We've had an early play in the Holden Acadia SUV
It is fair to say that Holden has been caught out by car buyers' wholesale shift to SUVs.
Not only did Holden not have the most convincing SUV line up to start with, but the shift also came at the expense of the large car, a segment the company had a very strong presence in. You know, that Commodore thing.
While the Trailblazer is a strong competitor in the large ladder-chassis SUV segment, the poor old Captiva hasn't been getting any younger. Or better. In fact even Holden people will admit that the Captiva is a value-based proposition, with its cheap pricetag being its most appealing feature.
But to make up for that slow start in the exploding SUV segment Holden has chosen to replace the Captiva with two different vehicles, both sourced from General Motors in the US: the Equinox will replace the five-seat Captiva later in 2017, with the seven-seat version of the Captiva carrying on alongside until the larger Acadia replaces it some time in 2018.
It has become something of a habit with Holden lately to give journalists uncharacteristically early access to new vehicles - as the company reinvents itself as a distributor rather than manufacturer.
That's how we got a very early drive of the 2018 Commodore earlier in 2017 and it's also how we got behind the wheel of both Equinox and the Acadia well before both officially launch.
Because the Equinox is mere months away, the examples we drove were close to final production. But the Acadia featured here is very much an early development car.
While the NG Commodores we sampled earlier were "65 per cent" cars, the Acadia was closer to 80 per cent. In reality this meant it was largely complete apart from the final textures on the RHD-specific internal plastics, and the calibrations of the various electronics and suspension weren't quite finalised.
Although they must be pretty close, because the Acadia was impressively comfortable and composed around Lang Lang's banked high speed track. It was also fantastically stable and impressively responsive for such a large machine.
In the US, the Acadia is powered by the choice of two petrol engines - a 2.5-litre four-cylinder or a 3.6-litre V6, both hooked up to a six-speed automatic transmission. But the one thing we weren't given any information from Holden on is the Acadia's local powertrain. It's still one of those secret things.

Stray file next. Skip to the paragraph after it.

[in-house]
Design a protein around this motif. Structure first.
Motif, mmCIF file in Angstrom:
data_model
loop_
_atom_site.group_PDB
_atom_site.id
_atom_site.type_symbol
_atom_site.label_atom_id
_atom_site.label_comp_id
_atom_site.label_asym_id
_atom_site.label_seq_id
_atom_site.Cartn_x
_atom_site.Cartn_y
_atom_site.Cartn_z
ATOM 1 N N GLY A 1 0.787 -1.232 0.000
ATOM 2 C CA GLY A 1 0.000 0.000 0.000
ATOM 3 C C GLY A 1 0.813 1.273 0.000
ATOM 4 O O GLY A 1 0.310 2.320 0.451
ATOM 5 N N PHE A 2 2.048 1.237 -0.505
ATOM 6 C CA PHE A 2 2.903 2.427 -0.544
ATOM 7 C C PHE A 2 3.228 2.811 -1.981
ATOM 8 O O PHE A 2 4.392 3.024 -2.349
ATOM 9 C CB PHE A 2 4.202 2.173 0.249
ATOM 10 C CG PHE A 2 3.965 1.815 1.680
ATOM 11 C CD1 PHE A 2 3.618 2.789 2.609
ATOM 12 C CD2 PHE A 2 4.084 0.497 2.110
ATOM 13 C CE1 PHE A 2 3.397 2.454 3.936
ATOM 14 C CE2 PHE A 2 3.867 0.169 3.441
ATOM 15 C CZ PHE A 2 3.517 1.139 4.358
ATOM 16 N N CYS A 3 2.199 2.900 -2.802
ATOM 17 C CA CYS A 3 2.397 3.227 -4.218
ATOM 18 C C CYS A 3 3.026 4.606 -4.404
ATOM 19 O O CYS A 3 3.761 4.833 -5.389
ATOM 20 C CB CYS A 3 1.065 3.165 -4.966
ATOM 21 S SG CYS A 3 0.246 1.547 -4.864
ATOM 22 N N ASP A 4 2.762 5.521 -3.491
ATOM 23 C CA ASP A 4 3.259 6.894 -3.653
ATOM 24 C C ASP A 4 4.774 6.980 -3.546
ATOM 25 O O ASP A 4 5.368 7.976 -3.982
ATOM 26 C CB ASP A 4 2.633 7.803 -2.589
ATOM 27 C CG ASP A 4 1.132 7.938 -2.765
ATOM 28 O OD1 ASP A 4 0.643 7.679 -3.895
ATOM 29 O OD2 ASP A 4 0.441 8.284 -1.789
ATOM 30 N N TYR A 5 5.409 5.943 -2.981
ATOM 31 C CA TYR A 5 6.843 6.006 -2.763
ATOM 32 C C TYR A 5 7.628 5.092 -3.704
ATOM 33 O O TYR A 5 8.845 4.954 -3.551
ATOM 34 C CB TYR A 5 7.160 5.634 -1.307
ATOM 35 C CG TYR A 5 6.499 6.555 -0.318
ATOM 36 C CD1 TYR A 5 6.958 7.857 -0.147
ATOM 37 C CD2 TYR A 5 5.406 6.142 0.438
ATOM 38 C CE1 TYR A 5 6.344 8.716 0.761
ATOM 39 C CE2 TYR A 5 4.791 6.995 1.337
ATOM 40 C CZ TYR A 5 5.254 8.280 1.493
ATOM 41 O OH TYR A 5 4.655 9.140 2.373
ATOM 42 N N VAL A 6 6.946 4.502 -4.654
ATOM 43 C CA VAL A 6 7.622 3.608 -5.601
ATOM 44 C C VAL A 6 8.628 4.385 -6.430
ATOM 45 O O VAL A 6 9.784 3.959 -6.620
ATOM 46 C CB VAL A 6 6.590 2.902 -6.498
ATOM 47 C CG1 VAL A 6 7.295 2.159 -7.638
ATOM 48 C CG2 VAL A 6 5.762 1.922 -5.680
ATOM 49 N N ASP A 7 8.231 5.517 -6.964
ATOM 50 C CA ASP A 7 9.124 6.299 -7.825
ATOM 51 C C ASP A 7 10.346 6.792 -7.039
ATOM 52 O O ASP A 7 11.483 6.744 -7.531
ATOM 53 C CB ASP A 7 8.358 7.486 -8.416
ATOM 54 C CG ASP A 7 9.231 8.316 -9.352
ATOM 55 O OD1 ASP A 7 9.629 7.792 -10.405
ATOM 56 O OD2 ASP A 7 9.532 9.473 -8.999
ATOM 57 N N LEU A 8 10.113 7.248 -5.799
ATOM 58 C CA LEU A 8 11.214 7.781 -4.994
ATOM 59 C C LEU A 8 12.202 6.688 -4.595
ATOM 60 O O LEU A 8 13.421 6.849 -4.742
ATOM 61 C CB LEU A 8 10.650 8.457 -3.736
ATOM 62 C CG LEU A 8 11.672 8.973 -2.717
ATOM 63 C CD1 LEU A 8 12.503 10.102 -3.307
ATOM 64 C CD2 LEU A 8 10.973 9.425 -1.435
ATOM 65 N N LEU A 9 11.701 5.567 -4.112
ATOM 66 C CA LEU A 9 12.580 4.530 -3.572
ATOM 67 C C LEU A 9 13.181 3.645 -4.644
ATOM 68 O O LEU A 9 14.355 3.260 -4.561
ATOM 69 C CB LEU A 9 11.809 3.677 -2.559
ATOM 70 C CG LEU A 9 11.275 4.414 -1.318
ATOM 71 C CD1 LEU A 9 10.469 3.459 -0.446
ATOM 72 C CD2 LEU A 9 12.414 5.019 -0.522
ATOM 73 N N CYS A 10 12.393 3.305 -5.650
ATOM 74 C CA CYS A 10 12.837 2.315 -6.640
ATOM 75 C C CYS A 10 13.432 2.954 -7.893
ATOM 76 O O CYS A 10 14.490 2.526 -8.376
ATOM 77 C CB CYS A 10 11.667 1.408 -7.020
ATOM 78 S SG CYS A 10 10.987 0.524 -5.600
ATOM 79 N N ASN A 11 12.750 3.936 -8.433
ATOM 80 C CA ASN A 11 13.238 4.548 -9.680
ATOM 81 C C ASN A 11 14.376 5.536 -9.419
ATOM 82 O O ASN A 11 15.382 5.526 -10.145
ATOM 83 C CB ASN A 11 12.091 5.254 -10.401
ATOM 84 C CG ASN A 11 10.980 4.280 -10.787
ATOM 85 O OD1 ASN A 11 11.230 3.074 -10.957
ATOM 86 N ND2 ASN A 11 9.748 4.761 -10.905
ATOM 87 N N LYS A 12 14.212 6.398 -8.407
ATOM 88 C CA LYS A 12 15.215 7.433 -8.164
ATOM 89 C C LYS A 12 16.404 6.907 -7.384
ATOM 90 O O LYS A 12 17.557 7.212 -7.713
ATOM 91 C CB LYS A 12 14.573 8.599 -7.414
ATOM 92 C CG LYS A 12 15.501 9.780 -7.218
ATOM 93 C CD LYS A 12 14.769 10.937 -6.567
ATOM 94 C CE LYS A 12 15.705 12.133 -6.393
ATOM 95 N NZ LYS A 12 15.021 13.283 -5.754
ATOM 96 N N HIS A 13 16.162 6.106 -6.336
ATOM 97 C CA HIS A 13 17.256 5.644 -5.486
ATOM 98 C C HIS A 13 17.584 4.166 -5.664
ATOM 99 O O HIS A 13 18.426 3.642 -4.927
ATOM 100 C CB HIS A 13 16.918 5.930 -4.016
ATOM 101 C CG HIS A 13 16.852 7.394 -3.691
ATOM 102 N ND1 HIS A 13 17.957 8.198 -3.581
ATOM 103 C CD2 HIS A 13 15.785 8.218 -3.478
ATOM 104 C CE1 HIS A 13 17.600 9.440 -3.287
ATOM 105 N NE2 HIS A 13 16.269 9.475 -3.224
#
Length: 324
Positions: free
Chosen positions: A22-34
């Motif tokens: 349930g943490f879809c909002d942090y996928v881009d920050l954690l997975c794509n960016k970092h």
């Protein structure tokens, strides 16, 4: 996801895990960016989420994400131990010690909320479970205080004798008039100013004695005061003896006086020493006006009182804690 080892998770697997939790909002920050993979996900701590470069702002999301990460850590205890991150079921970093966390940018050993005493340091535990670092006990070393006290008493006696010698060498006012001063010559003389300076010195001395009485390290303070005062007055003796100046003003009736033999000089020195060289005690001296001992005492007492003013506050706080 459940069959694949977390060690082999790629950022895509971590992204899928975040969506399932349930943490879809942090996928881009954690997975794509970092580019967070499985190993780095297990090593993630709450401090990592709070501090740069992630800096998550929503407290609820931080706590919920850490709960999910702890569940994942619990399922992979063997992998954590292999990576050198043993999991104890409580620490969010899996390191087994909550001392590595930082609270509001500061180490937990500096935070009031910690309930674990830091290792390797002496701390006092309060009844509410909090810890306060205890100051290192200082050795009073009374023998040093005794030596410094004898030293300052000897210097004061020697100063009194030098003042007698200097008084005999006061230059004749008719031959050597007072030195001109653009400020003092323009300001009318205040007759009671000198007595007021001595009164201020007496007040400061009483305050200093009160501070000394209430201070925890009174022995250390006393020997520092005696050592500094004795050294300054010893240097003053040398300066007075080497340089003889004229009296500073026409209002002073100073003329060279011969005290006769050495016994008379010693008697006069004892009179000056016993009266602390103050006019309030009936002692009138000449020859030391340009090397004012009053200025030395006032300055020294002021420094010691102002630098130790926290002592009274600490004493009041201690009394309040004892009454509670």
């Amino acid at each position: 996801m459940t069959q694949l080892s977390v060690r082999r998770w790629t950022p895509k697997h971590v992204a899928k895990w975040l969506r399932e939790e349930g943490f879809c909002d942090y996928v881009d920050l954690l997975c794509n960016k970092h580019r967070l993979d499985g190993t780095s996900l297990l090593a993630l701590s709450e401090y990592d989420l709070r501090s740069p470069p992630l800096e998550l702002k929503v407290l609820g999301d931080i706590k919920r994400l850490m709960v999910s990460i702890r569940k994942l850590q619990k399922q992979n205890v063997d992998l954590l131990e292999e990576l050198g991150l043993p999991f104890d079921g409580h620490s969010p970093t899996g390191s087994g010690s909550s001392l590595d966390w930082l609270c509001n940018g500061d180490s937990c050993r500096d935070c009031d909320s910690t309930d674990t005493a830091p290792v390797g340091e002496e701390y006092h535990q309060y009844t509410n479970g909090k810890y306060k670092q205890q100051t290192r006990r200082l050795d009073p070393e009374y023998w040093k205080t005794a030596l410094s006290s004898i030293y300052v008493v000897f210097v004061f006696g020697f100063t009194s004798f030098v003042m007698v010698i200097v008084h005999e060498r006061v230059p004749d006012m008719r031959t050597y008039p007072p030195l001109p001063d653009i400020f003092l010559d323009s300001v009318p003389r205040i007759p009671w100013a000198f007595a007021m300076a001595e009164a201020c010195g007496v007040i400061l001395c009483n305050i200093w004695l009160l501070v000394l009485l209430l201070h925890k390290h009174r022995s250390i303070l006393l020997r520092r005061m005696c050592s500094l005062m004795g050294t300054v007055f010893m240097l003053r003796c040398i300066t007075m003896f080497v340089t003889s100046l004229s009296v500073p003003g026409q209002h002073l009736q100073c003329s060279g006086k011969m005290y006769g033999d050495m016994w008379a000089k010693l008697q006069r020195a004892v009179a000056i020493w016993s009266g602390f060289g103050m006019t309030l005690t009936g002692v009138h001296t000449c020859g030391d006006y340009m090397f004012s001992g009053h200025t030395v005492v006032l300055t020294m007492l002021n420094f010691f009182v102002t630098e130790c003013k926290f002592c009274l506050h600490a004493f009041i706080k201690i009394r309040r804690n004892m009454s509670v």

The Acadia will be available in 2WD and 4WD configurations, with the latter version being an on-demand system (albeit pre-emptive and very responsive), with no low-range transfer case. This, combined with the Acadia's modest ground clearance means that it is very much a large road-oriented SUV, with the Colorado-based Trailblazer being the capable traditional off-roader in Holden's revamped SUV range.
There's no getting away from the fact that the Acadia is very much a big American SUV - there's lots of chrome slathered over its bold, bullish exterior, and on the inside the seats are plush and armchair-like, with more cupholders scattered around the interior than a rational person would ever deem necessary.
This doesn't mean that the Acadia handles like a big American SUV, however, as Holden's engineers have had (and will continue to have) significant input into the big guy's local set up, which has clearly paid dividends in its handling without obviously compromising its ride.
The rest of the interior - or, at least the finished portion - is impressive. The overall feel of the Acadia's cabin is reminiscent of the Jeep Grand Cherokee in terms of material, but it's really to early to make a call on fit and finish.
Another secret tucked away inside the Acadia was the comprehensively covered infotainment touchscreen, which is apparently a next-generation system that still includes Android Auto and Apple CarPlay phone projection systems.
The screen appeared to be a respectably large size and will also double as a display for the Acadia's 360-degree camera system.
Like the Equinox, Holden has gone all out to pack as much new technology into the Acadia as it could. This sees the Acadia getting keyless entry and pushbutton start, wireless phone charging, ventilated and heated front seats, a customisable driver display, a power tailgate, triple-zone climate control, USB charging ports in all three rows of seats and a full suite of safety systems and driver assists, including trailer sway control, autonomous emergency braking, forward collision alert, lane departure warning, lane keep assist, blind spot monitoring, rear cross traffic alert, advanced park assist and haptic vibrating seat alerts.
While the final production version is more than a year away, things are looking promising so far, with the Acadia seeming to be a fairly convincing competitor for the likes of the Toyota Highlander and, if the price is right, the Mazda CX-9.